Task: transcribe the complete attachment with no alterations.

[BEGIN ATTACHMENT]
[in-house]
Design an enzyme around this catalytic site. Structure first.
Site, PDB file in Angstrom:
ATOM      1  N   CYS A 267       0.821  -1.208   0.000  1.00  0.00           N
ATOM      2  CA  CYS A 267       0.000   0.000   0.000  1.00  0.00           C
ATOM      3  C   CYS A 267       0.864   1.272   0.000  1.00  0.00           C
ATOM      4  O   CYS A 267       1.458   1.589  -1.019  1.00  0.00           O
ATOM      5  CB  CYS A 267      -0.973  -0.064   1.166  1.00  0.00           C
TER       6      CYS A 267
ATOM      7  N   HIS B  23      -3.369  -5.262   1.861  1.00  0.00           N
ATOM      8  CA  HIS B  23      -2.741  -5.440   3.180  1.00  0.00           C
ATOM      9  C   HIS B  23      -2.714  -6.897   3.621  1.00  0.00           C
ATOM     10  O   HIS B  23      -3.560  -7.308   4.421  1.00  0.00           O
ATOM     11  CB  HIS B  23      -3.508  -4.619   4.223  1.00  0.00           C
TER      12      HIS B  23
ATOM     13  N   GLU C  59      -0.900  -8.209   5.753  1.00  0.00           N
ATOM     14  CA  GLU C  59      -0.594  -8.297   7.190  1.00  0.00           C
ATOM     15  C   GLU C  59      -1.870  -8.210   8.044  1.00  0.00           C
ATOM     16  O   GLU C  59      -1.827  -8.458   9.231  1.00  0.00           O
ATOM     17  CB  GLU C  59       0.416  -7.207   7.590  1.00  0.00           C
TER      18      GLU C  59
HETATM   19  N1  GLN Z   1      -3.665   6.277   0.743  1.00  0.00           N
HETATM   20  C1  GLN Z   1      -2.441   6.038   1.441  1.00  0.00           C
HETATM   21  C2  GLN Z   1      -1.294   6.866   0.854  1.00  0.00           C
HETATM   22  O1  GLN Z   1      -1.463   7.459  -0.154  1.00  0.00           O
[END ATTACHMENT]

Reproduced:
[in-house]
Design an enzyme around this catalytic site. Structure first.
Site, PDB file in Angstrom:
ATOM      1  N   CYS A 267       0.821  -1.208   0.000  1.00  0.00           N
ATOM      2  CA  CYS A 267       0.000   0.000   0.000  1.00  0.00           C
ATOM      3  C   CYS A 267       0.864   1.272   0.000  1.00  0.00           C
ATOM      4  O   CYS A 267       1.458   1.589  -1.019  1.00  0.00           O
ATOM      5  CB  CYS A 267      -0.973  -0.064   1.166  1.00  0.00           C
TER       6      CYS A 267
ATOM      7  N   HIS B  23      -3.369  -5.262   1.861  1.00  0.00           N
ATOM      8  CA  HIS B  23      -2.741  -5.440   3.180  1.00  0.00           C
ATOM      9  C   HIS B  23      -2.714  -6.897   3.621  1.00  0.00           C
ATOM     10  O   HIS B  23      -3.560  -7.308   4.421  1.00  0.00           O
ATOM     11  CB  HIS B  23      -3.508  -4.619   4.223  1.00  0.00           C
TER      12      HIS B  23
ATOM     13  N   GLU C  59      -0.900  -8.209   5.753  1.00  0.00           N
ATOM     14  CA  GLU C  59      -0.594  -8.297   7.190  1.00  0.00           C
ATOM     15  C   GLU C  59      -1.870  -8.210   8.044  1.00  0.00           C
ATOM     16  O   GLU C  59      -1.827  -8.458   9.231  1.00  0.00           O
ATOM     17  CB  GLU C  59       0.416  -7.207   7.590  1.00  0.00           C
TER      18      GLU C  59
HETATM   19  N1  GLN Z   1      -3.665   6.277   0.743  1.00  0.00           N
HETATM   20  C1  GLN Z   1      -2.441   6.038   1.441  1.00  0.00           C
HETATM   21  C2  GLN Z   1      -1.294   6.866   0.854  1.00  0.00           C
HETATM   22  O1  GLN Z   1      -1.463   7.459  -0.154  1.00  0.00           O